Recently I made a lot of macarons. I’m talking 93 wedding favours worth, with two macarons in each. That’s four shells per favour. If my maths is right then I made 372 shells, which is a lot of piping and boiling of sugar, even for me.
My lovely friends Helena and Sam have been together for over a decade and so have the luggage set and the linen and the cutlery. They need no new toaster in their life. I didn’t want to give them a cheque and so suggested over a bottle of wine that I give them macaron wedding favours as a gift. Little did I know when I offered that I’d be sent on a training course the week before the wedding. Leaving exactly 12 hours from getting home to when I needed to deliver all the favours, wrapped and named. The only answer was to freeze them all 2 weeks in advance.
So I used my chocolate macaron recipe and then made two different flavour ganaches. I’m going to have to be honest here and admit that I am estimating how much ganache you might need to fill just 30 shells, obviously for the macaron wedding production line I made huge quantities.
So for the strawberries and cream macarons I boiled 100mls double cream until it just started to bubble, then added 200g of white chocolate that had been finely chopped, plus 1 tsp strawberry flavouring. Using a teaspoon I mixed the ganache up until all the chocolate had melted, then added a dot of the pink Sugarflair food colouring. That stuff is potent so I really did only use the tiniest dot from the end of a toothpick. You can’t take the colour away after all.
Then I mixed it all up, transferred to a bowl and let the ganache solidify until it was still malleable but not too thick to pipe – spoonable rather than pourable. The fridge can help with this solidifying process but beware leaving it for too long without a stir or you’ll have rock solid ganache at the edges of your bowl and liquid in the middle. (The mint ganache was made in exactly the same way; 100mls double cream, 200g white chocolate, 1 tsp mint flavouring and a dot of green colouring.)
When both the ganaches were pipeable I transferred into two easygrip piping bags fitted with plain nozzles and filled half the macaron shells using a circular motion. I carefully sandwiched the macarons together, popped them onto large platters and let them sit in the fridge for 2 hours until the filling was rock solid. Then I transferred to freezer bags, being careful not to overfill and squeeze too many into one bag. Straight into the freezer they went and so I continued until the lot were bagged up and ready to go.
On the eve of the wedding I removed all the macs from the freezer and Mr B and I set about bagging them all up in their frozen state. Once bagged and named the macs placed on a tray. 93 favours later Mr B drove very slowly to the venue with tray upon tray in the boot. I knew there was a reason we bought a 7 seater! The macs sat in the cellar of the venue overnight so were nice and cold but defrosted by the time the wedding party sat down to lunch.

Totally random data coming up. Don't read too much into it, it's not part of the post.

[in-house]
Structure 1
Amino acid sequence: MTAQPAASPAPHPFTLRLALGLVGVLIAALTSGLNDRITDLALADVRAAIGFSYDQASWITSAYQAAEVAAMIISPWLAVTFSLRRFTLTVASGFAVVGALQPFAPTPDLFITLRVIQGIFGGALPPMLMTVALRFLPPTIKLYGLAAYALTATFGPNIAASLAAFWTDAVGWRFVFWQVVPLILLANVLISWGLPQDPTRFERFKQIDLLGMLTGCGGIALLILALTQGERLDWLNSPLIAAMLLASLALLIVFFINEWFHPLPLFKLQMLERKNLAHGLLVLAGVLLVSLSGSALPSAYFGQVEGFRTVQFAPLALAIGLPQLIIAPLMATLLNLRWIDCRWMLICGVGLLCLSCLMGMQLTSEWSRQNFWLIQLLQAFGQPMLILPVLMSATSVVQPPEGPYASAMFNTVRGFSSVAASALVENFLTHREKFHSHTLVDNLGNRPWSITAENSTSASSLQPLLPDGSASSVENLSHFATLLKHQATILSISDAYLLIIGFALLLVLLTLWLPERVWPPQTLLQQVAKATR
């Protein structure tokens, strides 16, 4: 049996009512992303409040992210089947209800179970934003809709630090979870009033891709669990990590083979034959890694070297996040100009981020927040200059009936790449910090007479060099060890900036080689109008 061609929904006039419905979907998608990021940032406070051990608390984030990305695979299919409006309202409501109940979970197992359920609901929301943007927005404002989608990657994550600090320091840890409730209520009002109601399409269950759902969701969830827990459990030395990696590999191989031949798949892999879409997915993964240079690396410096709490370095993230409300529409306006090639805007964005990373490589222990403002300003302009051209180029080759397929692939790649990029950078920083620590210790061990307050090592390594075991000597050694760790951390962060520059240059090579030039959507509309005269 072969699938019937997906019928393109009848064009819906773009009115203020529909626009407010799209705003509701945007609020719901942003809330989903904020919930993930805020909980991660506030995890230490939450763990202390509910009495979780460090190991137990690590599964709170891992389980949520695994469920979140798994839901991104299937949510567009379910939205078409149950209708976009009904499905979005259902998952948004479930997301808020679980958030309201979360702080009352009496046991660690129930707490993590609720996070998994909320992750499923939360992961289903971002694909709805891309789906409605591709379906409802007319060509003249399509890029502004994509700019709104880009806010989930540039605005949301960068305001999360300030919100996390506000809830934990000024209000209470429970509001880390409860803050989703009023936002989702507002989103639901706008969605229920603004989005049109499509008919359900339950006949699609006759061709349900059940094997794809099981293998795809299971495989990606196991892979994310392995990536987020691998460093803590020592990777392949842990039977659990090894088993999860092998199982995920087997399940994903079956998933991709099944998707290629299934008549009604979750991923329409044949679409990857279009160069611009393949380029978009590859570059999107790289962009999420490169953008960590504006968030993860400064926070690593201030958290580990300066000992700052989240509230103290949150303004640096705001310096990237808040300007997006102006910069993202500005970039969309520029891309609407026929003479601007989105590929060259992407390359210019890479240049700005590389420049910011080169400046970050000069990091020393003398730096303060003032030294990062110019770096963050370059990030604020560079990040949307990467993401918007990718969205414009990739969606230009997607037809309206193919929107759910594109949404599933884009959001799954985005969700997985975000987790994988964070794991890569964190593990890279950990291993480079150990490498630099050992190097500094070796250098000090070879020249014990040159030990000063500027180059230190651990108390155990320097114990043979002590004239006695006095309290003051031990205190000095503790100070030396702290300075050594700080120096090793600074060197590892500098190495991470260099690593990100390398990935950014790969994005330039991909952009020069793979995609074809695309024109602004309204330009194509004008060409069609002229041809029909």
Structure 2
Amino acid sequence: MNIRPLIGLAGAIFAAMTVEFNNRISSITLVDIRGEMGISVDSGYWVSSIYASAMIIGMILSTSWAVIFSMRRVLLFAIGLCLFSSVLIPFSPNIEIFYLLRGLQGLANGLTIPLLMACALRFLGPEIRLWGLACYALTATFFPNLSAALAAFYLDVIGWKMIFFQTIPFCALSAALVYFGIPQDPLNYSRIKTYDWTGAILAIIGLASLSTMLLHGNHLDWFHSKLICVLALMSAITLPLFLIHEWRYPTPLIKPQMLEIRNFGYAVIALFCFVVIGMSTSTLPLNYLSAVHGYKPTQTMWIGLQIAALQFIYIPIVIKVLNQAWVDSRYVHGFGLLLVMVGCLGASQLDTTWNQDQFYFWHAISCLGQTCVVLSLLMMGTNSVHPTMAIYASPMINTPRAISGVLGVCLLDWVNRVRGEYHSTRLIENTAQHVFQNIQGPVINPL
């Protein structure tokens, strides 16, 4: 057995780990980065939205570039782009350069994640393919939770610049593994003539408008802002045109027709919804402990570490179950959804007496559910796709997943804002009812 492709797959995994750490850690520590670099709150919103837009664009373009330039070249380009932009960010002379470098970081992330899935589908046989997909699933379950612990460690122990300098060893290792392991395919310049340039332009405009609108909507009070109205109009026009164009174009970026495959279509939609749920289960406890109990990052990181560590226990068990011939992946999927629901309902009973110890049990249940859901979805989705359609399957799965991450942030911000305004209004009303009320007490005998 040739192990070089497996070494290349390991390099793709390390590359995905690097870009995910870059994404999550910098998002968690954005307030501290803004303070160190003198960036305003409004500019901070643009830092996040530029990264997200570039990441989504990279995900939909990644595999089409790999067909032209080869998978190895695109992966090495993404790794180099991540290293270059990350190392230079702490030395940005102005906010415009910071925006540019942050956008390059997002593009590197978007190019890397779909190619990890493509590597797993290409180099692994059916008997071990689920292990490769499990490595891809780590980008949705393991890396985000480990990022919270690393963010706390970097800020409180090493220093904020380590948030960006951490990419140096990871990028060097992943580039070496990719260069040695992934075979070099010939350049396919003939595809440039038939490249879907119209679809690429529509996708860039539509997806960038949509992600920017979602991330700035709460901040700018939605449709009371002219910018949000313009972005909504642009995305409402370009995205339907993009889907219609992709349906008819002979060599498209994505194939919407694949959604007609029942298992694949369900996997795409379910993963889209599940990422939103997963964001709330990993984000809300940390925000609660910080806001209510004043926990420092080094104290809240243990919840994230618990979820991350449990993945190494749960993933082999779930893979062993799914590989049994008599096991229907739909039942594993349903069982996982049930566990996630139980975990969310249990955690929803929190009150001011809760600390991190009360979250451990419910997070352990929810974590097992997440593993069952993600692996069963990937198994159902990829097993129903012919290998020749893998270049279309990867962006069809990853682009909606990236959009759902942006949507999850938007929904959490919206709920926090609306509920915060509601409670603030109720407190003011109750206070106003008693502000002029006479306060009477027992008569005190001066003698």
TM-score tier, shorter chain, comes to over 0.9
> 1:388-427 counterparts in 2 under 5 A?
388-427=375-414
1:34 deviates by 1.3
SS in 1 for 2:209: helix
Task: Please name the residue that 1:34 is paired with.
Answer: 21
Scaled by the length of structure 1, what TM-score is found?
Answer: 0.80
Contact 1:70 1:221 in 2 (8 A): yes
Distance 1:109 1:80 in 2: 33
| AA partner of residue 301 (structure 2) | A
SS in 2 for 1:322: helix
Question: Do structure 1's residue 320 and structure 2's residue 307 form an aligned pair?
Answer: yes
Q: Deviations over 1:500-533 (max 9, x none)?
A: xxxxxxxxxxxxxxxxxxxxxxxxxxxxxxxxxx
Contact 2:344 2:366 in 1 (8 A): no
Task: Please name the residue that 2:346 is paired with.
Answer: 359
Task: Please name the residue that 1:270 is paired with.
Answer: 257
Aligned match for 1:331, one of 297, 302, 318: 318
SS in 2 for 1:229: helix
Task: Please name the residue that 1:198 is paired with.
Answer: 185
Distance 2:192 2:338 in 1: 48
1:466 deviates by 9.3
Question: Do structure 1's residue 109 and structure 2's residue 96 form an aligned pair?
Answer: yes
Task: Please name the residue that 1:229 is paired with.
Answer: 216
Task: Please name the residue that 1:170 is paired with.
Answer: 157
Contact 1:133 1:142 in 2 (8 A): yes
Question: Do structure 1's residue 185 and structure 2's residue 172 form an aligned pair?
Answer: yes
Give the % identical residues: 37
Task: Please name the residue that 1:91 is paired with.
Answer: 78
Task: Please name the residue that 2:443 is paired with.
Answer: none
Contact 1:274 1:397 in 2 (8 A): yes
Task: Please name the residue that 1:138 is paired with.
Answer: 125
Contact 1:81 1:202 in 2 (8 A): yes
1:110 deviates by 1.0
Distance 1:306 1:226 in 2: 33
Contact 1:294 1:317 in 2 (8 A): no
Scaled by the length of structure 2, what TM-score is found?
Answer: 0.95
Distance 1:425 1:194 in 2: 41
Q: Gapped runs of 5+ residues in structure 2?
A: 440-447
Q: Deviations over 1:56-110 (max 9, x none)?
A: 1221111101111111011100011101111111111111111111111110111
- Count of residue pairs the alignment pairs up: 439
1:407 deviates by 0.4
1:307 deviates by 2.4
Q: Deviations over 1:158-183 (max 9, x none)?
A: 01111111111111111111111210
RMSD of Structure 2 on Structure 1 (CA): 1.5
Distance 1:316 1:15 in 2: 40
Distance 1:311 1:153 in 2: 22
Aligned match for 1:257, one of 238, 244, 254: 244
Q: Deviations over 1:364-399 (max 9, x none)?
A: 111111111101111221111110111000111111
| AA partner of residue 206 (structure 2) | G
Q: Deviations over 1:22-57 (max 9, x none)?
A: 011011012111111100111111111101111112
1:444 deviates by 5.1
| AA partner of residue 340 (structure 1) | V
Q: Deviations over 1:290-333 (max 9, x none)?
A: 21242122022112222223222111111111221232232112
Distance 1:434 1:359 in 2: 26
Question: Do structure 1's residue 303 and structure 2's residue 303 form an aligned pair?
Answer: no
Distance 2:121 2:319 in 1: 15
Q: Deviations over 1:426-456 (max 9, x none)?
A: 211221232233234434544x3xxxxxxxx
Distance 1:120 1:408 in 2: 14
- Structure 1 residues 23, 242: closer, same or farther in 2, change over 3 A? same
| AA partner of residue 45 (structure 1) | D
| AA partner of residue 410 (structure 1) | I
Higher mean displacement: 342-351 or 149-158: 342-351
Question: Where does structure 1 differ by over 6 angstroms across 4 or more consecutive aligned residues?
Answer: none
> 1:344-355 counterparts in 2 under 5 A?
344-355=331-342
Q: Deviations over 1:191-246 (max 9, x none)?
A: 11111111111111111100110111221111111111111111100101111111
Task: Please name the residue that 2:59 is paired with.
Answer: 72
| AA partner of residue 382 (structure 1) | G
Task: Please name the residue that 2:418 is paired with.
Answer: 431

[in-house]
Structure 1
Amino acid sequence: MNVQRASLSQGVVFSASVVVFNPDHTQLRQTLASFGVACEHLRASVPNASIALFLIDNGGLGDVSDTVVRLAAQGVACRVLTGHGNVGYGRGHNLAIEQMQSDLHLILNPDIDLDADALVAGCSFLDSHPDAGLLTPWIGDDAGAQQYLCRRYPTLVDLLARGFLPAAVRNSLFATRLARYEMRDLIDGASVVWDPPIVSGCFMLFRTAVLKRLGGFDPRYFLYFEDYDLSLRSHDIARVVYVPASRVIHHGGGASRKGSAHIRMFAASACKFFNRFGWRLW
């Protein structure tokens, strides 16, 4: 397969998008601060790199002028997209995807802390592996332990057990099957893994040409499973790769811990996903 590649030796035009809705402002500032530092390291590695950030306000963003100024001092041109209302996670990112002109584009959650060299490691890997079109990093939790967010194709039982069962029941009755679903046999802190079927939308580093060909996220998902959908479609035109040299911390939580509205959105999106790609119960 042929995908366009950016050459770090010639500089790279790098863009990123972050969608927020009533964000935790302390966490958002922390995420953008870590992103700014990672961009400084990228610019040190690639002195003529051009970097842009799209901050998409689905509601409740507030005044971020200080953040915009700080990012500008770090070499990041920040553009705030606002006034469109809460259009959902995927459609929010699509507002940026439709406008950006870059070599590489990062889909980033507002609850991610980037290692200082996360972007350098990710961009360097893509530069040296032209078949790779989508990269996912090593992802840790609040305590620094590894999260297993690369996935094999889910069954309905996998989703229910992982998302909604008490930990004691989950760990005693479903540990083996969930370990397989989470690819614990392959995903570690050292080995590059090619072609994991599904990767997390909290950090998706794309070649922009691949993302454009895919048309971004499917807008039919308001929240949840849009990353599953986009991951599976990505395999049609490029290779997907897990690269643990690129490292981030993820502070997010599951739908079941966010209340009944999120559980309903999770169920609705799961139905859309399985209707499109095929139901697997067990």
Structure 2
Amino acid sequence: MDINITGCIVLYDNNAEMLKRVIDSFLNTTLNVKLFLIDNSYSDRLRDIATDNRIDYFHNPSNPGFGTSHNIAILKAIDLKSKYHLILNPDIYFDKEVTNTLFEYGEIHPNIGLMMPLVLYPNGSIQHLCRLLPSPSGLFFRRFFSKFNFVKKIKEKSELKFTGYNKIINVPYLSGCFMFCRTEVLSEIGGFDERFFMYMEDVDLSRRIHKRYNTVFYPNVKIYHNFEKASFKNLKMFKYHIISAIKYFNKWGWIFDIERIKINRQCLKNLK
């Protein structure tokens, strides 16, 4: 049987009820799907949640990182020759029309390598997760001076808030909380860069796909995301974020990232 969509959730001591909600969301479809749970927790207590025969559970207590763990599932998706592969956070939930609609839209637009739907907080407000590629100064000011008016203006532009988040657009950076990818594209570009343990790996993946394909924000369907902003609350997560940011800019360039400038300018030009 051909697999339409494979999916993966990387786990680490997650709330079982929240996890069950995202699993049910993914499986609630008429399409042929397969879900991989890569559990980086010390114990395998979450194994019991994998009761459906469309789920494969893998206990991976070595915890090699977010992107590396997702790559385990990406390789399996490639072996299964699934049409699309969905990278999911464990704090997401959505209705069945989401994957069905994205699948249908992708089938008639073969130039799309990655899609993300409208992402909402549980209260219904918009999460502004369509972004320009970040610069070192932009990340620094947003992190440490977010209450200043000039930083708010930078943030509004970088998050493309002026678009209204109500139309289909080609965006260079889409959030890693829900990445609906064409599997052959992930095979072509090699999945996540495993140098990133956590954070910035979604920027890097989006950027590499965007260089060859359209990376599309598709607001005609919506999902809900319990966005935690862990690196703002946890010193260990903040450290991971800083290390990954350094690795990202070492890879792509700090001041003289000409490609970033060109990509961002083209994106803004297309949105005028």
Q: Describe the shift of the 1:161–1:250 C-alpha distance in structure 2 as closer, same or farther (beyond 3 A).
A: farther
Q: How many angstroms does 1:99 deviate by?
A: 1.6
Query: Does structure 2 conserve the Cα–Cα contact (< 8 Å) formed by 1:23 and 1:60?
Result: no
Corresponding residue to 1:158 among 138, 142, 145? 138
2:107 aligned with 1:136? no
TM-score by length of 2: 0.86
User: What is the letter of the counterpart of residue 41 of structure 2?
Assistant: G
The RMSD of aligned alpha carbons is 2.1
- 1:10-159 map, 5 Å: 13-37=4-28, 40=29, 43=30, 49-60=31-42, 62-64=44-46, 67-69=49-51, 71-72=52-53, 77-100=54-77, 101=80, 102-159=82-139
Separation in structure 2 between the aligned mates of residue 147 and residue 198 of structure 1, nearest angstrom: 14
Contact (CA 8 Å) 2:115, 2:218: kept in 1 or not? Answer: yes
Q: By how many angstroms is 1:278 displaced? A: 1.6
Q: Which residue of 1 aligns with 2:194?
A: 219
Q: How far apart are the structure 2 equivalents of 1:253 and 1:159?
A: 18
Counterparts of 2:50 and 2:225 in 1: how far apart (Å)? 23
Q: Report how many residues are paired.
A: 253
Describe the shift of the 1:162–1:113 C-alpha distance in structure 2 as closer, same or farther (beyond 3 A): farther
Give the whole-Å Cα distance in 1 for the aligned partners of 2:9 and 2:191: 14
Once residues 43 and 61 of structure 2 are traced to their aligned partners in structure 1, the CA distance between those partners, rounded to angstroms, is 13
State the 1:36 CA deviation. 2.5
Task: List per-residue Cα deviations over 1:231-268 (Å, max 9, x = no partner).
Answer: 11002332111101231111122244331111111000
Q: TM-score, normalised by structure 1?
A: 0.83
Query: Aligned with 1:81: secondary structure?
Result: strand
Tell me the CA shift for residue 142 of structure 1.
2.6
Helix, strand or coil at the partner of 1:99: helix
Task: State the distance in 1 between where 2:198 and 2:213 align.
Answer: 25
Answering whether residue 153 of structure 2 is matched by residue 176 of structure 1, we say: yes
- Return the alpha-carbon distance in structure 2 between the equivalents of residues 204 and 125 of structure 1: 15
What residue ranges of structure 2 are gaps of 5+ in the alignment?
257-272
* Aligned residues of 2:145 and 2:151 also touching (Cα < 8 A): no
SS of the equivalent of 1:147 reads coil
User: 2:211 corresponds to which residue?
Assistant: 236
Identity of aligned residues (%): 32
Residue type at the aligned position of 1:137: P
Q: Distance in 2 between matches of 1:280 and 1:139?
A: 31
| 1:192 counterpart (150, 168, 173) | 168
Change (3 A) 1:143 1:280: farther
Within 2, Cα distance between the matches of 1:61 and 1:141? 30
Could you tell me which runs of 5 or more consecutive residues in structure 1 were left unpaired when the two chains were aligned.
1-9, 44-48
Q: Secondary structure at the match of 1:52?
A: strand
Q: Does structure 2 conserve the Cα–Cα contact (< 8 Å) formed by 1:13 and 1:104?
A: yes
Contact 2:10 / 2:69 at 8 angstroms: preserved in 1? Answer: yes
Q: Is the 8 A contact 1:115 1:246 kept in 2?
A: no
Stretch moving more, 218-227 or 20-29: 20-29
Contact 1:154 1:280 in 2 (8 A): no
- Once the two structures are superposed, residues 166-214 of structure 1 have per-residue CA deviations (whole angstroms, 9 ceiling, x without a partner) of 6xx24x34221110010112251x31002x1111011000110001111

The bride and groom seemed to like them. The groom did grab Mr B and I on the way out, saying ‘I don’t know what they’re called, I call them little burgers, anyway, I like them.’ I like a man who likes little burgers.
Things I have learnt:
– Don’t put the filled macs straight into the freezer as the filling isn’t hard enough to take being pushed about a bit in bags. The macs become misshapen which is a shame when they’re so painstaking. Refrigerate them first.
– Don’t use liquid food colourings if you want your ganache to set. They change the ratio of liquid to chocolate too much and you’ll have runny ganache.
– Don’t try and pipe the ganache before it’s really thick. It’s pretty annoying to see it spill out all over the mac shells and onto the counter.
– Pair up your mac shells into similar sizes before you start piping and you’ll make the whole process a lot quicker.
– Think about fridge space before you start (and freezer space for that matter) – we had some interesting unidentified dinners all in the aid of clearing space for the wedding macs.
– Tying ribbon around cellophane is a two man job. You need one to scrunch the cellophane up and another to tie the ribbon.
– Don’t stack macs on top of each other when they are setting in the fridge pre being frozen. They can’t stand the weight of each other and slip-slide about.
– Don’t stack frozen macs on each other once they’re all bagged up into favours. As they defrost they’ll cave under the weight.
– Find a place for the packaged up macs to defrost that’s reasonably cool. Not next to a radiator for instance. All that lovely ganache needs to defrost slowly and to a cool room temperature. If you’re lucky enough to have very hot weather for your wedding then think about defrosting the packaged up favours in the fridge over 24 hours. And your neighbour’s fridge. And your cousin’s fridge… all depends on the size of the wedding I guess.
– Expect the usual hardness of the mac shell to be compromised a little after the freezing process. I think Paul Hollywood might have been critical of my wedding mac shells, few could take the finger flick test. They tasted okay though.
– Do not be upset if you see any of your macs left behind, or worse still, half eaten and discarded. You can’t please all of the people all of the time. It’s fine. One man’s heaven is another’s hell and all that.
– If I were going to make macs for another pal I think I’d go for chocolate shells with a chocolate and caramel filling. Like a Cadbury’s Caramel.
– It took about 5 hours to make all the mac shells. In case anyone’s interested. That was with dry time of the uncooked mac shells, two ovens going and baking trays of 16 shells at a time.
I hope this post is helpful to anyone thinking of making a lot of macs for any reason, be it wedding or otherwise. HUGE thanks to Scott for letting me use this photo from the day. His work can be seen here.
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